The financial services industry has undergone a considerable shift since the financial crisis, as traditional firms, once central to all financial relationships, have seen their relevance diluted by FinTech firms. A perfect storm of factors, including complacency on the part of traditional firms, increased customer expectations, lower barriers to entry, increased access to VC funding, and accelerated technological advancements, have enabled FinTechs to quickly gain ground with solutions that cater to heightened customer preferences.
VC funding in FinTech has increased exponentially over the last few years with worldwide investment reaching close to $25 billion in 2015. This has provided a potent spark to the financial services industry as a whole, giving rise to FinTech innovation, while spurring traditional players to become more active in product development.
The inaugural World FinTech Report 2017 (WFTR), by Capgemini and LinkedIn in collaboration with Efma has come up with some interesting findings.
The findings are based on a survey of more than 8,000 customers in 15 countries, as well as over 100 interviews with senior-level executives, and a world-class Executive Steering Committee.
FinTech firms gain traction
- Using unique value propositions, FinTech firms have already made significant inroads into customer relationships. Globally, half of customers (50.2%) say they use financial services from at least one non-traditional firm for banking, insurance, payments or investment management, with the percentage reaching the highest in Asia-Pacific (58.5%).
- FinTechs have made the greatest inroads in investment management, where 17.4% of customers say they rely solely on them and an additional 27.4% use them in addition to their traditional providers. This incursion reflects the increased adoption of investment management by the affluent as well as the general population. With the advent of non-traditional players such as automated advisors, all customer segments, including those that never had access to affordable investment advice before, can take advantage of relatively low-priced automated investment services.
Observations with regards to key customer segments: Gen Y (ages 18 to 34) and tech-savvy individuals.
- By country, customers turn the most to FinTech firms in China and India (both above 75%), followed by UAE, Hong Kong, and Spain. The lowest adoption rates were found in France (36.2%), Belgium (30.4%), and the Netherlands (29.8%). This pattern indicates that FinTech is following the trend of First the Rest then the West, as services from firms such as Ant Financial and Paytm first find wide adoption in China and India, then expand from there.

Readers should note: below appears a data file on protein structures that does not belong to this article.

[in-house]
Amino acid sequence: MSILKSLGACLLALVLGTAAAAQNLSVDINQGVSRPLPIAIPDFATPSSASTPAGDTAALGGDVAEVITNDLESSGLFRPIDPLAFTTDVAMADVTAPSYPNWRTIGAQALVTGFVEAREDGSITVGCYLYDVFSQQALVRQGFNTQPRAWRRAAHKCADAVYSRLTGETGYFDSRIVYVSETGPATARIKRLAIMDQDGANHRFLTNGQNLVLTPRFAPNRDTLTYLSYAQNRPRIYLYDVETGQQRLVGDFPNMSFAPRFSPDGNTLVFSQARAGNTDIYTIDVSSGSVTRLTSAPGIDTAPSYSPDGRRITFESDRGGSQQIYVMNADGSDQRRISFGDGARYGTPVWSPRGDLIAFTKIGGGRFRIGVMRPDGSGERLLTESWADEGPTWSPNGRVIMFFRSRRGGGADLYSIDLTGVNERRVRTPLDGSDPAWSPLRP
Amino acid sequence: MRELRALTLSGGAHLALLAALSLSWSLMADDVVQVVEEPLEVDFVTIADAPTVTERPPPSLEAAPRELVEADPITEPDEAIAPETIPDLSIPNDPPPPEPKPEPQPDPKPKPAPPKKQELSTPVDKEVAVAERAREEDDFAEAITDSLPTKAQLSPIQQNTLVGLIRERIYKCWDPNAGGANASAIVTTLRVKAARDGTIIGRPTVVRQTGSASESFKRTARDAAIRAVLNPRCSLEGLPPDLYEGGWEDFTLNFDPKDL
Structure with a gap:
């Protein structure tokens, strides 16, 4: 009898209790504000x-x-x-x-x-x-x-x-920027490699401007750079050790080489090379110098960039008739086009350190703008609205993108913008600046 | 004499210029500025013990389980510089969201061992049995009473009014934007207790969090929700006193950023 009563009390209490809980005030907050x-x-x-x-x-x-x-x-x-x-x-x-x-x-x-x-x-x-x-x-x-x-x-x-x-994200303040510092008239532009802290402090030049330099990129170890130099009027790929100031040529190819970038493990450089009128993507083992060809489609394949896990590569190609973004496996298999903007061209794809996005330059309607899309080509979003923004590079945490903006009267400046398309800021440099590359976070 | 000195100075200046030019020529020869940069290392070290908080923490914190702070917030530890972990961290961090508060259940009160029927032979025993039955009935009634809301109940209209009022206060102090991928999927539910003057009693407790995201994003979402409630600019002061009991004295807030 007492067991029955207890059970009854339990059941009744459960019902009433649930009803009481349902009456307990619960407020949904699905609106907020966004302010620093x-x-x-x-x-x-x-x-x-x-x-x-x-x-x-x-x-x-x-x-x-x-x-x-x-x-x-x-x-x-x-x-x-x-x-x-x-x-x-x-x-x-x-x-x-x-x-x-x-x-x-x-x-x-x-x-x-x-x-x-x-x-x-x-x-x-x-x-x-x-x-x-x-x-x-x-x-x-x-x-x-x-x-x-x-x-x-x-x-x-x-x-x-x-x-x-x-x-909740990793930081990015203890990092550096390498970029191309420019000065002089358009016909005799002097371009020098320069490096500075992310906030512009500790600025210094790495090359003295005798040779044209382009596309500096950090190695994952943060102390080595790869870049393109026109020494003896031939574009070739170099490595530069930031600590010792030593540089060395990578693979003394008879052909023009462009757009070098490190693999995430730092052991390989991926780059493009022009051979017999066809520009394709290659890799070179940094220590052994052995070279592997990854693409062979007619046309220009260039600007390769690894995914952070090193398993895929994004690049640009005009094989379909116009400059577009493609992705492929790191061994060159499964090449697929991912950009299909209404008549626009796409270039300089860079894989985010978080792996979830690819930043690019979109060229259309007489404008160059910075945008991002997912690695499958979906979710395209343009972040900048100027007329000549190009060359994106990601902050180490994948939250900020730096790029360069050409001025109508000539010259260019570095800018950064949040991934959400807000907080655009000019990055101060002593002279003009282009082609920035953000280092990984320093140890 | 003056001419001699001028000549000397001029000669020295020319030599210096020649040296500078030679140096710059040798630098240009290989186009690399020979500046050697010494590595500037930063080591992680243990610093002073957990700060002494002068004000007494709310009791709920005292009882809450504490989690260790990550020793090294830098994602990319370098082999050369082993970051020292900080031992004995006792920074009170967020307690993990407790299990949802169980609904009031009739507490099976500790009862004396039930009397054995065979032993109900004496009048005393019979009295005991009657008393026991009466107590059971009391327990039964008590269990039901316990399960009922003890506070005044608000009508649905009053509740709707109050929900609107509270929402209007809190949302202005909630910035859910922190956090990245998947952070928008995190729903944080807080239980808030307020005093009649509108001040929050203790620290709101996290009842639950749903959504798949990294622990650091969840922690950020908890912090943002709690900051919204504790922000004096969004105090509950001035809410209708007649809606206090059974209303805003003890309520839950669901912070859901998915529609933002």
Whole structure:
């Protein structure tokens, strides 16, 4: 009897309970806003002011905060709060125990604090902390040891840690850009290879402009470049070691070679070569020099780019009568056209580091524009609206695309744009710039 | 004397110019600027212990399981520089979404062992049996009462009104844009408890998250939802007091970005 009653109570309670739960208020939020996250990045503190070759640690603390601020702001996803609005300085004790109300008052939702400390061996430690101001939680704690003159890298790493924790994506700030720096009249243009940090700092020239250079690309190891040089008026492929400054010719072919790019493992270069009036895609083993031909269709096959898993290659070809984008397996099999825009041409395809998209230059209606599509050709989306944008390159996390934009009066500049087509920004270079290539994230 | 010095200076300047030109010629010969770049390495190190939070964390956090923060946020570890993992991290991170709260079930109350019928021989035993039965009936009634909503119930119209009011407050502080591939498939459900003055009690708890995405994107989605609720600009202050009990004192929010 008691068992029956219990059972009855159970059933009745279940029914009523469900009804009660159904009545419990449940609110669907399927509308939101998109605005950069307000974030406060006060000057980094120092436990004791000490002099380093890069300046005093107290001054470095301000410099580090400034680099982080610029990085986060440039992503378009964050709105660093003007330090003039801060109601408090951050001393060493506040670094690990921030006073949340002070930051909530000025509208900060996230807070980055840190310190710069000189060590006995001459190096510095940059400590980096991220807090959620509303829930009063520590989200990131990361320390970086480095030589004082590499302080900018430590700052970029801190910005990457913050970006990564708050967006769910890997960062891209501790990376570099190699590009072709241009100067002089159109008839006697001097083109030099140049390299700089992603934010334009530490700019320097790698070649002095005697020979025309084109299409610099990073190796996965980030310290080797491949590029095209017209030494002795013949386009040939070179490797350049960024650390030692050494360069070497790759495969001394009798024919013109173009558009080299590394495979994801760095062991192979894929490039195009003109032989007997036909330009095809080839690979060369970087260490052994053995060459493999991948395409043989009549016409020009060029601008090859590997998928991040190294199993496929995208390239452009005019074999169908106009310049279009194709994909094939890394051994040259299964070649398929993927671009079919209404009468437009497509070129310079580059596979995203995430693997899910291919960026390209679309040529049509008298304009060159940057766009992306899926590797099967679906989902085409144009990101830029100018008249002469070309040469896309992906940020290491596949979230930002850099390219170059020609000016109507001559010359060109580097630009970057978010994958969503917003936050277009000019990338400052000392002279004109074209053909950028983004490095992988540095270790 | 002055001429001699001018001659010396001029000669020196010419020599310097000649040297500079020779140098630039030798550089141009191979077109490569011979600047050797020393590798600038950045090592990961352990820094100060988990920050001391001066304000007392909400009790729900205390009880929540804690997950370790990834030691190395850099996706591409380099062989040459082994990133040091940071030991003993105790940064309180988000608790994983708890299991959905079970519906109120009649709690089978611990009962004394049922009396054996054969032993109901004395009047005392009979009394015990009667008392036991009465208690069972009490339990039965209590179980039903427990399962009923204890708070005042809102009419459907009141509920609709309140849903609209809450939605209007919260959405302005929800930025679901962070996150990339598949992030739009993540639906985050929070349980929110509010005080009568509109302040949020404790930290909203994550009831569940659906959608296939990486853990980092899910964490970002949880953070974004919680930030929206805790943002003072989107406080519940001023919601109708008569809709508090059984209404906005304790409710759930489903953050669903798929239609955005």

- Mobile strikes a chord. For Gen Y (47.6%) and tech-savvy (56.5%) customers, mobile emerged as the second-most important channel (after the computer) for interacting with financial services firms.
- These segments are widely regarded as influential customers of the future and offer higher revenue potential. They are more likely to buy additional products.
- However, the above segments are less likely to stay with their firm, making it important to find better ways to meet their expectations – which revolve around digital transactions, transparency, convenience, and proactive updates.
Mobile is the way to go
- These are the key customer segments of the future and they show a willingness to embrace innovation in their relationships with financial services firms.
- Within only 10 years, an estimated 2 billion people will have had their first banking experience on a smart phone. This is almost as much as the number who are conventionally banking today. For these digitally literate customers, traditional bedrocks of banking, like the branch and the checkbook, simply have no place.
- While the computer touchpoint has matured, mobile has still not met its full potential, with only 40.1% of customers ranking it as important, compared to the branch (43.4%), phone (45.4%) and computer (56.8%).
At 48.3%, mobile is also providing the lowest levels of positive experience, compared to phone (49.2%), the branch (54.4%) and computer (56.1%).
- To keep up with expected demand, as well as stay one step ahead of competitive offerings, firms must make development on the mobile channel a high priority.
You can access the report here.
- Many leading traditional firms are directing their innovation efforts toward exploring new services through mobile. Banks are steadily leveraging mobile as an effective tool to differentiate their offerings.